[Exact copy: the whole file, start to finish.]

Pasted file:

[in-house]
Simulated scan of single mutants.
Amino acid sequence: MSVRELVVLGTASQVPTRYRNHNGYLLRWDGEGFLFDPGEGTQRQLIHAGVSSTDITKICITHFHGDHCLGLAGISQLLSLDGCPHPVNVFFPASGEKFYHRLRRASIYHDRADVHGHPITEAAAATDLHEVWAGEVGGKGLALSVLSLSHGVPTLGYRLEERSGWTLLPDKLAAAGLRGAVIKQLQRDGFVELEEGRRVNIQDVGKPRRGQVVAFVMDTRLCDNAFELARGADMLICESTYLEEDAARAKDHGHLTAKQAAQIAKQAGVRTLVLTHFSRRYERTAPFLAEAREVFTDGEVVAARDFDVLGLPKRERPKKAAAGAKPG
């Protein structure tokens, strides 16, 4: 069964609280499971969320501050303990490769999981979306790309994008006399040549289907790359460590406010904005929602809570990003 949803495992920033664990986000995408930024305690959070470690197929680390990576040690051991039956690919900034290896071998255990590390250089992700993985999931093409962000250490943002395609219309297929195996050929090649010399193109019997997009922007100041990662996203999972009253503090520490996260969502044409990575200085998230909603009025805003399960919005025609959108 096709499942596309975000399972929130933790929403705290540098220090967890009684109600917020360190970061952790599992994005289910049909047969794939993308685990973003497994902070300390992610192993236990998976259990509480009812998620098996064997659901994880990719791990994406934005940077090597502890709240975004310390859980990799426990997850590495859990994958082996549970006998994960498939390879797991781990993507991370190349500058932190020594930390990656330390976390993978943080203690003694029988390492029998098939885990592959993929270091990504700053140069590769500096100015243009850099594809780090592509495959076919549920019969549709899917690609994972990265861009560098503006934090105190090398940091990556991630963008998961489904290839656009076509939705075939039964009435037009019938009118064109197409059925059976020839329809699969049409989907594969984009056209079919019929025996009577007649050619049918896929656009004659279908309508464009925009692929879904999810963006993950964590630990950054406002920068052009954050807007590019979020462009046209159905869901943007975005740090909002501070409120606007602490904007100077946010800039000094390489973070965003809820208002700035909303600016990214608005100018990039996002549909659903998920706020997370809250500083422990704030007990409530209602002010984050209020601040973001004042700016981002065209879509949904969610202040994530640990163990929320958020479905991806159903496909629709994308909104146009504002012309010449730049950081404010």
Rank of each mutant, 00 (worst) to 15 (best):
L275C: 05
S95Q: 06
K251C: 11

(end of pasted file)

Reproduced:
[in-house]
Simulated scan of single mutants.
Amino acid sequence: MSVRELVVLGTASQVPTRYRNHNGYLLRWDGEGFLFDPGEGTQRQLIHAGVSSTDITKICITHFHGDHCLGLAGISQLLSLDGCPHPVNVFFPASGEKFYHRLRRASIYHDRADVHGHPITEAAAATDLHEVWAGEVGGKGLALSVLSLSHGVPTLGYRLEERSGWTLLPDKLAAAGLRGAVIKQLQRDGFVELEEGRRVNIQDVGKPRRGQVVAFVMDTRLCDNAFELARGADMLICESTYLEEDAARAKDHGHLTAKQAAQIAKQAGVRTLVLTHFSRRYERTAPFLAEAREVFTDGEVVAARDFDVLGLPKRERPKKAAAGAKPG
């Protein structure tokens, strides 16, 4: 069964609280499971969320501050303990490769999981979306790309994008006399040549289907790359460590406010904005929602809570990003 949803495992920033664990986000995408930024305690959070470690197929680390990576040690051991039956690919900034290896071998255990590390250089992700993985999931093409962000250490943002395609219309297929195996050929090649010399193109019997997009922007100041990662996203999972009253503090520490996260969502044409990575200085998230909603009025805003399960919005025609959108 096709499942596309975000399972929130933790929403705290540098220090967890009684109600917020360190970061952790599992994005289910049909047969794939993308685990973003497994902070300390992610192993236990998976259990509480009812998620098996064997659901994880990719791990994406934005940077090597502890709240975004310390859980990799426990997850590495859990994958082996549970006998994960498939390879797991781990993507991370190349500058932190020594930390990656330390976390993978943080203690003694029988390492029998098939885990592959993929270091990504700053140069590769500096100015243009850099594809780090592509495959076919549920019969549709899917690609994972990265861009560098503006934090105190090398940091990556991630963008998961489904290839656009076509939705075939039964009435037009019938009118064109197409059925059976020839329809699969049409989907594969984009056209079919019929025996009577007649050619049918896929656009004659279908309508464009925009692929879904999810963006993950964590630990950054406002920068052009954050807007590019979020462009046209159905869901943007975005740090909002501070409120606007602490904007100077946010800039000094390489973070965003809820208002700035909303600016990214608005100018990039996002549909659903998920706020997370809250500083422990704030007990409530209602002010984050209020601040973001004042700016981002065209879509949904969610202040994530640990163990929320958020479905991806159903496909629709994308909104146009504002012309010449730049950081404010």
Rank of each mutant, 00 (worst) to 15 (best):
L275C: 05
S95Q: 06
K251C: 11